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How can I reliably erase all information on a hard drive?

I'm looking to see if there's a method that can completely wipe out the content of a HDD, so that nothing previously on it can be recovered by any means, even by a professional. I'd like the HDD to be useable afterward by someone else.

I've come across HDDGuru, File Shredder, and DBAN.. As I understand them, they write on the HDD over and over to make recovery difficult at the minimum. How effective are these? DBAN seems the most promising..

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marked as duplicate by nealmcb, Scott Pack, Iszi, this.josh, Rory Alsop Feb 13 '12 at 7:49

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4 Answers

up vote 1 down vote accepted

Zero out all the data if the drive is magnetic.

The DoD 5220.22-M specification requires 3 passes, though I personally go for 7 each time.

-> Related Gizmodo article

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The best way to erase a magnetic hard drive (not SSDs) while leaving the drive working is the ATA Secure Erase command.

For a single use of this, a (relatively) simple'ish way of accessing a compatible, modern tool which implements ATA Secure Erase is:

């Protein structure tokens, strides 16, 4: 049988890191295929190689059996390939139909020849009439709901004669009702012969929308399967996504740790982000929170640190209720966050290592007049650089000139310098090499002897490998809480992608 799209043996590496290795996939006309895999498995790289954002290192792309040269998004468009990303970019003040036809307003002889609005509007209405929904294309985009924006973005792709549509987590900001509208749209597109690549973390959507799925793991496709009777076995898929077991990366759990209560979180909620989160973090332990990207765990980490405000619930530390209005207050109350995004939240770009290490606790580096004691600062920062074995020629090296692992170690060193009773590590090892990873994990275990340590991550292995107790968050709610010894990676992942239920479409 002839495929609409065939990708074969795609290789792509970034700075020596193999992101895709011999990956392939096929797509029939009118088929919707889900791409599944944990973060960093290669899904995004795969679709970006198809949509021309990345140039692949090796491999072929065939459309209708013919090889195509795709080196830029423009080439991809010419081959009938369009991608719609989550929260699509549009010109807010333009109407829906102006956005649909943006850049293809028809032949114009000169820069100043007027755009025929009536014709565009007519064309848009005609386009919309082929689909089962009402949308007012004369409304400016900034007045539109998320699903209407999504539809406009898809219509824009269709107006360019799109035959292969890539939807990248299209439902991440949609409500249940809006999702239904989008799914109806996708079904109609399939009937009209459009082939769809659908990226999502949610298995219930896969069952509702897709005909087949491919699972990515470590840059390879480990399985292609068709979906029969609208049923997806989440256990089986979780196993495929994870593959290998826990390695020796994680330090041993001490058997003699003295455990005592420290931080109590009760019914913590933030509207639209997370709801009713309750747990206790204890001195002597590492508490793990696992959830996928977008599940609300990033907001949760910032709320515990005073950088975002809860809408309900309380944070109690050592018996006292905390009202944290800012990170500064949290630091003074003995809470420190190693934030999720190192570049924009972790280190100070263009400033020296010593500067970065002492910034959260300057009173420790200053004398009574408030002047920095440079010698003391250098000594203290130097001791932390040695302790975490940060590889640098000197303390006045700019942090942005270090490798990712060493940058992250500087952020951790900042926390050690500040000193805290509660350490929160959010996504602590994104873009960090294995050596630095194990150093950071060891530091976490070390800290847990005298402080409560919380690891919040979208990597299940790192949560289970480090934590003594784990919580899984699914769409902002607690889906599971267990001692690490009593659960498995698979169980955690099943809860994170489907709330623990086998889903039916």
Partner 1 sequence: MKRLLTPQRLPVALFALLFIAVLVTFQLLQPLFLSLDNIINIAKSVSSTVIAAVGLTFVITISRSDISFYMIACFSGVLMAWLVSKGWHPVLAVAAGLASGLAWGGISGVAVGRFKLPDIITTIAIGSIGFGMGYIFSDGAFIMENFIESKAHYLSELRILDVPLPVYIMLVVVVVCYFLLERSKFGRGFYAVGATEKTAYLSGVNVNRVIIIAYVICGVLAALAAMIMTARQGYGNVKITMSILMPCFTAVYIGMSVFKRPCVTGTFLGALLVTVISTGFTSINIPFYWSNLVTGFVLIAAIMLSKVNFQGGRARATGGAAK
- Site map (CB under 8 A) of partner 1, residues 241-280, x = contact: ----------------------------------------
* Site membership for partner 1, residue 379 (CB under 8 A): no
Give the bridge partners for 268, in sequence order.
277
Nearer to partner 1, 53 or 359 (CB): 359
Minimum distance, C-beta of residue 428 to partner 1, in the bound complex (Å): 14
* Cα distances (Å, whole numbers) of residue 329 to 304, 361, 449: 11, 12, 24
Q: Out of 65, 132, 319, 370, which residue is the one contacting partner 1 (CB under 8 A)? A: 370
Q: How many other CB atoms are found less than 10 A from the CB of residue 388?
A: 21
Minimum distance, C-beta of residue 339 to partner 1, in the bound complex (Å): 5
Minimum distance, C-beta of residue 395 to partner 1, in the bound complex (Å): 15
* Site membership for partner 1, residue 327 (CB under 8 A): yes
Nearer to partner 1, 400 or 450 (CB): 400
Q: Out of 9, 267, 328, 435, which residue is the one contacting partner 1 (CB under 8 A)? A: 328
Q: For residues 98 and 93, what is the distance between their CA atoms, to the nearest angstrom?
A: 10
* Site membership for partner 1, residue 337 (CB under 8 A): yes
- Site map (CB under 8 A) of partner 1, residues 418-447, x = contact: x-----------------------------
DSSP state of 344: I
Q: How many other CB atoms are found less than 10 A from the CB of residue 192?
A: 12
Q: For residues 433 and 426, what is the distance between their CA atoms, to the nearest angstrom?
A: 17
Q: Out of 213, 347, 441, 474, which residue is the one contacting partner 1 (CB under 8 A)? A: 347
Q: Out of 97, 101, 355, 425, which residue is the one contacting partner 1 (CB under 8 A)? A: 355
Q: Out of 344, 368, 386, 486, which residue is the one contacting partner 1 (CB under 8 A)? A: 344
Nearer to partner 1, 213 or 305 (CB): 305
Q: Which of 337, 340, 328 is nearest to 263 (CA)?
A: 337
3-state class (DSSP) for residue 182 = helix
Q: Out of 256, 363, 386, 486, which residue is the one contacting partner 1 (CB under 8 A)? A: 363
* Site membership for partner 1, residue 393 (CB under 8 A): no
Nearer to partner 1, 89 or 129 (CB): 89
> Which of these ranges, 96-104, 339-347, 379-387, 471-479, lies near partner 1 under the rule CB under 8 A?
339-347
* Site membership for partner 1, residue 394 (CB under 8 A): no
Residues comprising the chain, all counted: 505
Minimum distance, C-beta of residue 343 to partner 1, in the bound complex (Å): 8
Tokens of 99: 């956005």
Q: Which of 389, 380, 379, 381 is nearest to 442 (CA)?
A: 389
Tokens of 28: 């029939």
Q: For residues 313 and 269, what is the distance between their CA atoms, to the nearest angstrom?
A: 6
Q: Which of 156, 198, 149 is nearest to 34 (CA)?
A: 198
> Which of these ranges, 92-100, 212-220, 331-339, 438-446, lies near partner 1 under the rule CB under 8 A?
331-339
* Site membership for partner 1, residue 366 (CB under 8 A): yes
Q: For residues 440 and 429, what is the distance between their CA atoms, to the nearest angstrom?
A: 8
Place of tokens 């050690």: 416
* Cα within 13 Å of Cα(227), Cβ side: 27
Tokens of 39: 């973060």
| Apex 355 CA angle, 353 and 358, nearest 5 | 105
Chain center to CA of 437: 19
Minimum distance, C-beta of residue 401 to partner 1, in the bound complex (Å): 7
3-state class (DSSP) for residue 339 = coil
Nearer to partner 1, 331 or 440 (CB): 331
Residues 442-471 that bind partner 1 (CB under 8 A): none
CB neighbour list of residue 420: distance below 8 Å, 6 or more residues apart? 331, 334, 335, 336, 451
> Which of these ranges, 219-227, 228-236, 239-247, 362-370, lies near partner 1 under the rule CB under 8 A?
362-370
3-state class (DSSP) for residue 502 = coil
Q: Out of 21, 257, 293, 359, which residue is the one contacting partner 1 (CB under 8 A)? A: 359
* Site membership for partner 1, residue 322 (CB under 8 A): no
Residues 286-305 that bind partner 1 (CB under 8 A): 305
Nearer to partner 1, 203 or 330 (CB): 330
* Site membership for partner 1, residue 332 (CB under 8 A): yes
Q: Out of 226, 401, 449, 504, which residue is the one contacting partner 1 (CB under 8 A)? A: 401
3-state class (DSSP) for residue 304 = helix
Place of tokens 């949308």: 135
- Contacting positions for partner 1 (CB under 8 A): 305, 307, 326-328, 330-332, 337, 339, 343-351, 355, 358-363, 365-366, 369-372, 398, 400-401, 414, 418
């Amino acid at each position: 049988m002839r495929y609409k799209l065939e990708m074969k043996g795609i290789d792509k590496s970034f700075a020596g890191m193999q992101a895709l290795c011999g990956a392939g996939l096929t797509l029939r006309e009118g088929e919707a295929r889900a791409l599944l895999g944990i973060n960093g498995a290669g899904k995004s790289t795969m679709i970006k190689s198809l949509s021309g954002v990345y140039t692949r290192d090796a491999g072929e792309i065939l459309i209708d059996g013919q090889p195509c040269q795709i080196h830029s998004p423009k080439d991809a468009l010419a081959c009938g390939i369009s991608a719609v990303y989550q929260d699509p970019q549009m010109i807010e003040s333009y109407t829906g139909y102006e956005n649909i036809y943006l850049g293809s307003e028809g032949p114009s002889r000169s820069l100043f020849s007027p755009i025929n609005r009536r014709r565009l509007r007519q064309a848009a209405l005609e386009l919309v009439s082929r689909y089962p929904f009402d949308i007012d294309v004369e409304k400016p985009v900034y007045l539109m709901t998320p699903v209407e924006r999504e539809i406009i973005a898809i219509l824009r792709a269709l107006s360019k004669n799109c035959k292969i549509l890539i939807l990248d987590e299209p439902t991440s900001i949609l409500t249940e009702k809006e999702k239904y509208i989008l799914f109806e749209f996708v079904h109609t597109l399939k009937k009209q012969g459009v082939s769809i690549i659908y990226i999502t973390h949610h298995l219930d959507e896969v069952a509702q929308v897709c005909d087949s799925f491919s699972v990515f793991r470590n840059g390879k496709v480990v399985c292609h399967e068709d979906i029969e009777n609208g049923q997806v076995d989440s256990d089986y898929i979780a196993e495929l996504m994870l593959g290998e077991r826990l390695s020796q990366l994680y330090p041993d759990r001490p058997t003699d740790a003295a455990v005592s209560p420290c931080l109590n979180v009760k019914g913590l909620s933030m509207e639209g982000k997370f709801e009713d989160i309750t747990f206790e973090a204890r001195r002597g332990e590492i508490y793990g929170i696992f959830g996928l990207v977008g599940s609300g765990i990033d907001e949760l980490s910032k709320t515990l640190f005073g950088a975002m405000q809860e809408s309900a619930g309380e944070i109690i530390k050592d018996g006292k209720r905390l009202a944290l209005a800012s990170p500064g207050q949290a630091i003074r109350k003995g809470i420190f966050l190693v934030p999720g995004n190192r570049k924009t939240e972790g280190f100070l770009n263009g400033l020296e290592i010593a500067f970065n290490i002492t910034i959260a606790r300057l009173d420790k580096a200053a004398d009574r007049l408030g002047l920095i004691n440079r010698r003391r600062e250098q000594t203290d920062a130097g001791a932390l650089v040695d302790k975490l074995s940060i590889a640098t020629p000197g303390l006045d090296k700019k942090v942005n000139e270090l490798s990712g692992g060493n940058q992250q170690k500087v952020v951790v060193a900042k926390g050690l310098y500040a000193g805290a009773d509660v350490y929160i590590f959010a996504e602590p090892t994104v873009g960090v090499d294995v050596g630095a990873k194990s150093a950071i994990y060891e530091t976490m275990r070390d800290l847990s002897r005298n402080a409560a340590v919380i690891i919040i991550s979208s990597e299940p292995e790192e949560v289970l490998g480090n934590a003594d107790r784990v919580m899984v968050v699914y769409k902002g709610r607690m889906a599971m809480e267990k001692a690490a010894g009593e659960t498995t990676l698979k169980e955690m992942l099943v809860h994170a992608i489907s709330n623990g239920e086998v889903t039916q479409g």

• Download and run UNetbootin to create a bootable USB stick.

  • Download GParted Live or a similar special Linux distro oriented towards disk tools. (Using other Linux disk images will probably also work.) Install the disk image to the USB key using UNetbooting.

  • Boot from the USB key, and enter a Linux command line. From here, perform the secure erase with HDParm.

Good end user tools for ATA Secure Erase are unfortunately a bit hard to come by. I don't know of anything much easier than the above.

If the above software isn't working for you, then just use a single wipe pass from conventional software that overwrites the drive with random data. That's still good enough. Such software for example be found on the Ultimate Boot CD.

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I recall reading a test where a shockingly large percentage of drive's firmware would accept the secure erase command, but basically so nothing. It was a NO-OP that returned no error. Much safer to do a single-pass random data overwrite with DBAN, and it takes the same amount of time. –  rmalayter Feb 19 '12 at 3:29
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When in doubt a sledgehammer, a blast furnace, or thermite does the trick.

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"I'd like the HDD to be useable afterward by someone else." It will be reusable but only as a paperweight or doorstop. –  robrambusch Feb 11 '12 at 18:12
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DBAN is great. I know first hand that it is used in big corporations and in recycling shops.

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